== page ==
Unless you’re a marathon runner, a day in Longsheng doesn’t afford the time to go on long hikes, but it is plenty of time to do smaller loops or to take the cable car in Jinkeng for panoramic views of the terraced rice fields. While there, sample some rice wine; chat with the locals, and learn about their culture and customs (in the ethnic group that calls Longsheng home, the women cut their hair just once in their lifetimes), and soak in the hot springs.
Yangshuo is about two hours from Guilin and has become increasingly popular recently. Not only is it immeasurably beautiful, it offers something for everybody. From hiking trails to boating to shopping and more, there’s plenty to keep you coming back. The city is also popular with expats, so it’s easy to find restaurants slinging pizzas, hamburgers and coffee.
Just south of Yangshuo, this village boasts shophouses, an old town gate, a temple, and a couple good swimming spots in the Lijiang. Perhaps the best part of going to Liugong is the drive, though. You’ll pass rice paddies, farmers working with water buffalos in their fields, livestock roaming on the dirt roads and—because this is the Guangxi province—more Karst Mountains.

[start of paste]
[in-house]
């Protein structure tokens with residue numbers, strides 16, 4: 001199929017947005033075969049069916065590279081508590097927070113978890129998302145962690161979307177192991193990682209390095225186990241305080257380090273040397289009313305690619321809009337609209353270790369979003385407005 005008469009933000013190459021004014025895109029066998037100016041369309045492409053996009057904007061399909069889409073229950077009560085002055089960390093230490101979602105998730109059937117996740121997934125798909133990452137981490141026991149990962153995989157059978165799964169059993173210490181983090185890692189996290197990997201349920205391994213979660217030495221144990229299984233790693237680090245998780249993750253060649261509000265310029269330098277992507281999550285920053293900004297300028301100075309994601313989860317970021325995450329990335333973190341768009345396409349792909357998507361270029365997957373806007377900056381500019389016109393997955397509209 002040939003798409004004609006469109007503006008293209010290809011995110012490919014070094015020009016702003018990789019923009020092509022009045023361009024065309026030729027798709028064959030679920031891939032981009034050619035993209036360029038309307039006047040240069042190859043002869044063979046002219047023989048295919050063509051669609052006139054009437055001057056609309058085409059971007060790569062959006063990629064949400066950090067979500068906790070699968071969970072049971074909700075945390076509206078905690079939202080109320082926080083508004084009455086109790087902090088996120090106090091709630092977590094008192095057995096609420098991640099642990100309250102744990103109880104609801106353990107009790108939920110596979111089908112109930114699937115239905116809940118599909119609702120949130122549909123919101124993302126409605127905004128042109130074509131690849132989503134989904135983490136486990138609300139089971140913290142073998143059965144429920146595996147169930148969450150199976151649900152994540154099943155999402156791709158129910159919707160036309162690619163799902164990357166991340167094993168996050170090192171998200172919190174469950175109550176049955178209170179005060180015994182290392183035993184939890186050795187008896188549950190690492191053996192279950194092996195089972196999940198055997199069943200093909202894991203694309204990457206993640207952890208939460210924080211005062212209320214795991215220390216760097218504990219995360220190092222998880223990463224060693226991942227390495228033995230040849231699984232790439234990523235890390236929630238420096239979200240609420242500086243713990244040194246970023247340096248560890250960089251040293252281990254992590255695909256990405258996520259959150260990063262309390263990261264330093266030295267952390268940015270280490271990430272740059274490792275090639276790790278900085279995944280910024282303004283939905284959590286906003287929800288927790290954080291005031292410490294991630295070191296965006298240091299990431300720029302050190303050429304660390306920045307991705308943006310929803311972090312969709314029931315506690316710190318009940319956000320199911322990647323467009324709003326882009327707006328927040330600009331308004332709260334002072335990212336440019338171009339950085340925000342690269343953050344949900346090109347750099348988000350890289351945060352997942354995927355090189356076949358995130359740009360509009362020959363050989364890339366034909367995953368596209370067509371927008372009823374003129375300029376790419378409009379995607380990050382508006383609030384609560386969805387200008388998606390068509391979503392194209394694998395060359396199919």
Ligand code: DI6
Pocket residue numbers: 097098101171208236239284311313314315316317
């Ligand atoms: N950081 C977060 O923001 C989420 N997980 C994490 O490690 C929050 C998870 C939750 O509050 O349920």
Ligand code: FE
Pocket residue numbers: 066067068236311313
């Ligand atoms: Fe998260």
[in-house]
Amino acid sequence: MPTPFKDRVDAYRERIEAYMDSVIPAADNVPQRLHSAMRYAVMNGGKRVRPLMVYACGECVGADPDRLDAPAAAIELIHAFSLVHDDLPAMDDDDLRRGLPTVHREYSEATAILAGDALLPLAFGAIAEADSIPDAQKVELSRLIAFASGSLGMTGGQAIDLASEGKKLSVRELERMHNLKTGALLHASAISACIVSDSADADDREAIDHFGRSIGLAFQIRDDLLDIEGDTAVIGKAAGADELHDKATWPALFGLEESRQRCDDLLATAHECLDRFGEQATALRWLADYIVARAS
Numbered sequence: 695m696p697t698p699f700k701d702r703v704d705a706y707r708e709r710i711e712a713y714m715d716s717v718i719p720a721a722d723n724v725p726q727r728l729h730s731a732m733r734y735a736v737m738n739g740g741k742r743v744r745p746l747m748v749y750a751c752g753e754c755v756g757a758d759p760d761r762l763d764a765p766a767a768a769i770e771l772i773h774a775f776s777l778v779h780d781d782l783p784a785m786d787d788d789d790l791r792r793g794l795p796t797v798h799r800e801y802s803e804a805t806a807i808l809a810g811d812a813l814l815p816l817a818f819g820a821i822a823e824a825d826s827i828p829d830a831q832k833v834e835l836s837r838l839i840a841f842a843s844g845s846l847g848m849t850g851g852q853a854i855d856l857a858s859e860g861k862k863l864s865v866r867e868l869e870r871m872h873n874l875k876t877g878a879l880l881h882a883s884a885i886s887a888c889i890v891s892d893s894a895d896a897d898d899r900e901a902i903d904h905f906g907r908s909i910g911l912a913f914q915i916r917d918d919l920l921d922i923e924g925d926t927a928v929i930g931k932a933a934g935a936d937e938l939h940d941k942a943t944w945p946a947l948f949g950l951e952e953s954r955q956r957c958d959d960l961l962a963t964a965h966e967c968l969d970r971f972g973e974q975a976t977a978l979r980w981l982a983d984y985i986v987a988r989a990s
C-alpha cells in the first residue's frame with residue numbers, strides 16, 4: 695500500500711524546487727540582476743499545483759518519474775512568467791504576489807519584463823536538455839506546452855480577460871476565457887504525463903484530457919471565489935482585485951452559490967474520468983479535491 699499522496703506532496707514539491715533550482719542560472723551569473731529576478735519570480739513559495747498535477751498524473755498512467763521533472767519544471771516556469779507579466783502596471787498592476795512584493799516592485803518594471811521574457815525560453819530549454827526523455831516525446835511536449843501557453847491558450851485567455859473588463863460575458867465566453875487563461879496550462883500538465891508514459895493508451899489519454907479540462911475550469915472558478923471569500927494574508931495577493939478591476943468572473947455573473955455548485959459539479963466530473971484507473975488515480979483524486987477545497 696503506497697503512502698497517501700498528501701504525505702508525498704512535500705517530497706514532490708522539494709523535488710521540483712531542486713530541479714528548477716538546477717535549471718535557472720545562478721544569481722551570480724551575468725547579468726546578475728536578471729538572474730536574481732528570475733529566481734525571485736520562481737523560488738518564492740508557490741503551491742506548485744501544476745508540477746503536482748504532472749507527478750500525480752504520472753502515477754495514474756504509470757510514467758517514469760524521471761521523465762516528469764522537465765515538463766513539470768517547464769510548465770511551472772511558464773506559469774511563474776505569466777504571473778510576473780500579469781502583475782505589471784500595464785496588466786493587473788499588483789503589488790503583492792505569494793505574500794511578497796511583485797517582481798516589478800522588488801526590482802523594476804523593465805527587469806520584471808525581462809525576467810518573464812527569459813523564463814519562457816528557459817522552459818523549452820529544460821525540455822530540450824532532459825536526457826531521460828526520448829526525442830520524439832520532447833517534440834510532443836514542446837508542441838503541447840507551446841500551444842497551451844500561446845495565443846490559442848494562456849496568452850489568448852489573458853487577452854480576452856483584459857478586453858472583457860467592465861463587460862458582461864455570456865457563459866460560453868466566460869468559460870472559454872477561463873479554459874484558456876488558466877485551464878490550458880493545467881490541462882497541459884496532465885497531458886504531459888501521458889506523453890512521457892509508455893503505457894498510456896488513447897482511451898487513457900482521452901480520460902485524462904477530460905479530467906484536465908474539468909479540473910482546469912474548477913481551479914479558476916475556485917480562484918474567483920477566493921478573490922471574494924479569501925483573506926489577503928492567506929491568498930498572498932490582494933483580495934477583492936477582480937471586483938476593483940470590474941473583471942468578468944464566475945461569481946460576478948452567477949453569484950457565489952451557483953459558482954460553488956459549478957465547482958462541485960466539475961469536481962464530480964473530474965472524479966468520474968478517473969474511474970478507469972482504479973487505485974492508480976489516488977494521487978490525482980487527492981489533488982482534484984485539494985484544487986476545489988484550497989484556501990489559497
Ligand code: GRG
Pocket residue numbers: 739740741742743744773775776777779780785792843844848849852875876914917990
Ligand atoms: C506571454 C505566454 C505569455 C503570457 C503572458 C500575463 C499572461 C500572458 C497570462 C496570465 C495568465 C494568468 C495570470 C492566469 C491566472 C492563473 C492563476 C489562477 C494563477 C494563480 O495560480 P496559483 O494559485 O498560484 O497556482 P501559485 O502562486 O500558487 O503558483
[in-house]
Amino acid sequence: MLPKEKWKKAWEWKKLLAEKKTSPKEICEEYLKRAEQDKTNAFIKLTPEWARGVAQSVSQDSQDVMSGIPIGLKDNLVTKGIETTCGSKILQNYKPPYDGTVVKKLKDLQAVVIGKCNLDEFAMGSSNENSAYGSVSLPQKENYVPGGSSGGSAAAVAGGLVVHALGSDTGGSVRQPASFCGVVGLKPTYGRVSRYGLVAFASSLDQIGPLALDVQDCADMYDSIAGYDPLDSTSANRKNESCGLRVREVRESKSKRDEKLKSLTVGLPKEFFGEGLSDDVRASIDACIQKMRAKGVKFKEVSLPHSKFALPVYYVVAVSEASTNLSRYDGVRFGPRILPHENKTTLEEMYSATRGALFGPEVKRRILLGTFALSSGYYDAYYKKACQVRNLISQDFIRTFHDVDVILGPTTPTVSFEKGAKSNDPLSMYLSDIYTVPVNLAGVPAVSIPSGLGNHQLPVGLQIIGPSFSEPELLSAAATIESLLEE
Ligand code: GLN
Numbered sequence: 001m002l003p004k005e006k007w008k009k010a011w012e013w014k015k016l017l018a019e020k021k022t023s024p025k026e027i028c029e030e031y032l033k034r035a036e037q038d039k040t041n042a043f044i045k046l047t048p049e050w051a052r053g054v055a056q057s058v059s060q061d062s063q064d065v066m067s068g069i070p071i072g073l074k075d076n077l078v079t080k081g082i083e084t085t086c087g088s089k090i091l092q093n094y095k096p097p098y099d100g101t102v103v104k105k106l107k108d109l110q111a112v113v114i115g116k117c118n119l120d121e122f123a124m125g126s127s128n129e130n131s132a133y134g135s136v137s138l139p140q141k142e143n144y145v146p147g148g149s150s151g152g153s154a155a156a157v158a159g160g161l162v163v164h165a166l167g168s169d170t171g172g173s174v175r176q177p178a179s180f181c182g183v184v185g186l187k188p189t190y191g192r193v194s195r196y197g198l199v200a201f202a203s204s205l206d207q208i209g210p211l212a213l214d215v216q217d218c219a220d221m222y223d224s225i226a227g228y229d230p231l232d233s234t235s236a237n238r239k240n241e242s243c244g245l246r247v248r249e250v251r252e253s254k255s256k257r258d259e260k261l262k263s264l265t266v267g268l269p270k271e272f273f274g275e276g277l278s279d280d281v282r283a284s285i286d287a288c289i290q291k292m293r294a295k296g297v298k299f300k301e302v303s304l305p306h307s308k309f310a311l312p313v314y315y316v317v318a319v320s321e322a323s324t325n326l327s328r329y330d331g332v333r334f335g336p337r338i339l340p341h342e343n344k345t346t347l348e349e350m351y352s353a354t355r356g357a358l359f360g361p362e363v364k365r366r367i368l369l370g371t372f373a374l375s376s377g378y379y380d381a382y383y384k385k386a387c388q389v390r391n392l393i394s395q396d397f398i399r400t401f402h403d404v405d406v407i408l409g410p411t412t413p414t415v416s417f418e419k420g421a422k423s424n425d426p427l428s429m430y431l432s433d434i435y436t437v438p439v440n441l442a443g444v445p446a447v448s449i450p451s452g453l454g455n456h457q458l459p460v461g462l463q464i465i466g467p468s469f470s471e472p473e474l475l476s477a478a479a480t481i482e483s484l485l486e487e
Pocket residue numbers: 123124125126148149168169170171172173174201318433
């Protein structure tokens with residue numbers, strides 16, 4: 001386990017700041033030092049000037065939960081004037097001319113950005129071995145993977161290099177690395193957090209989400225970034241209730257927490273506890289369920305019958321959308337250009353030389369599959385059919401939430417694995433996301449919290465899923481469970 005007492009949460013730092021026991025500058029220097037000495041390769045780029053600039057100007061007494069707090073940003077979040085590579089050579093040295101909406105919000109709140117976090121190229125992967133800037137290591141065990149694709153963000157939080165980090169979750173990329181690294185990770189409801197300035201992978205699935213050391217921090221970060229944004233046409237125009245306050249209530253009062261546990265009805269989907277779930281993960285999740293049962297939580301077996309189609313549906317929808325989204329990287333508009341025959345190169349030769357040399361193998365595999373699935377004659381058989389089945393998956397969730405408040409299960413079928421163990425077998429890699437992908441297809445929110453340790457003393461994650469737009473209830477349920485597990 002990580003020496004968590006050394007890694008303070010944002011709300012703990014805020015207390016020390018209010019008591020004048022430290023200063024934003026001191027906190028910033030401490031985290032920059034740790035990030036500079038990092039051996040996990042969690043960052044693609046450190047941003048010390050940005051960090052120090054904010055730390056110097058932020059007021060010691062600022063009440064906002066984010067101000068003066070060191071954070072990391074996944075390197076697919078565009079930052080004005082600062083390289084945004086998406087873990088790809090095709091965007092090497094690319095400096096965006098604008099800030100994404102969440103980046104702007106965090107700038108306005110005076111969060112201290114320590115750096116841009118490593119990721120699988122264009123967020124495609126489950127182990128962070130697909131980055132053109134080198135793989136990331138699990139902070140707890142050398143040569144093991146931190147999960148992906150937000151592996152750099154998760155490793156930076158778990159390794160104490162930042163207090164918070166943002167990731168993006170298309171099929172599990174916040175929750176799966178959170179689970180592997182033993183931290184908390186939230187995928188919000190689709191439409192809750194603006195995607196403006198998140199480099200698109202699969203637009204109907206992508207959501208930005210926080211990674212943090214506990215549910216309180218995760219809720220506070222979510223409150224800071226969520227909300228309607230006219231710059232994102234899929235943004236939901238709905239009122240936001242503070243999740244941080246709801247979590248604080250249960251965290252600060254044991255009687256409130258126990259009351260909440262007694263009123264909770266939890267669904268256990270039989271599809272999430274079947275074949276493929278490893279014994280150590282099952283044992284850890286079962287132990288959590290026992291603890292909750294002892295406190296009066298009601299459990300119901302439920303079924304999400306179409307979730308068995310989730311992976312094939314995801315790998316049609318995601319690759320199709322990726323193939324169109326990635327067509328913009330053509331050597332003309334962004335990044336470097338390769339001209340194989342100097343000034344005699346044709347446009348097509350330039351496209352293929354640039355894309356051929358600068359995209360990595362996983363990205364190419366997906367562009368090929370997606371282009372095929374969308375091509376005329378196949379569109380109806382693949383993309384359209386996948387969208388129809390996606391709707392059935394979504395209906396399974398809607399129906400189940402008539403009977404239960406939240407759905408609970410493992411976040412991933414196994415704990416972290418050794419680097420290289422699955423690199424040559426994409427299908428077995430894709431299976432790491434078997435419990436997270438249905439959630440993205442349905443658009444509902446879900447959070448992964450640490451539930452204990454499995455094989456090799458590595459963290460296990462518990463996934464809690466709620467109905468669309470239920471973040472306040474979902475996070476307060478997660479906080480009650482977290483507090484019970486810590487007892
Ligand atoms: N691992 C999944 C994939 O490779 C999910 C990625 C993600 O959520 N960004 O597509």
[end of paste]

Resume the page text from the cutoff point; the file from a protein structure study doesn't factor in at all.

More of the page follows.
This 800-year-old city is known for the numerous artists who inhabit it. Many of the typical painted fans, scrolls and wall hangings available for purchase at markets in the area were crafted in artist workshops found here.
Once backpackers tire of the tourist touts of Yangshuo, this little village will be the next big thing. Rent bicycles at a local hostel, and explore this relatively flat town. Tackle the challenging climb to Bird’s View Pavilion for sweeping vistas, and see the exact landscape on the ¥20 note just outside.
In the ancient town of Daxu, you’re likely to be the first foreigner the locals have seen in a while. Once a leading trade and commercial hub during the Ming Dynasty, Daxu today is a sleepy village with historical buildings, oodles of antiquities and bluestone pavement streets. Check out the Longevity Bridge, a stone arch built during the Ming Dynasty; the 13 surviving docks from the long-ago trading era; and the Seven Stars Tombs, a collection of burial sites arranged to match the Big Dipper constellation.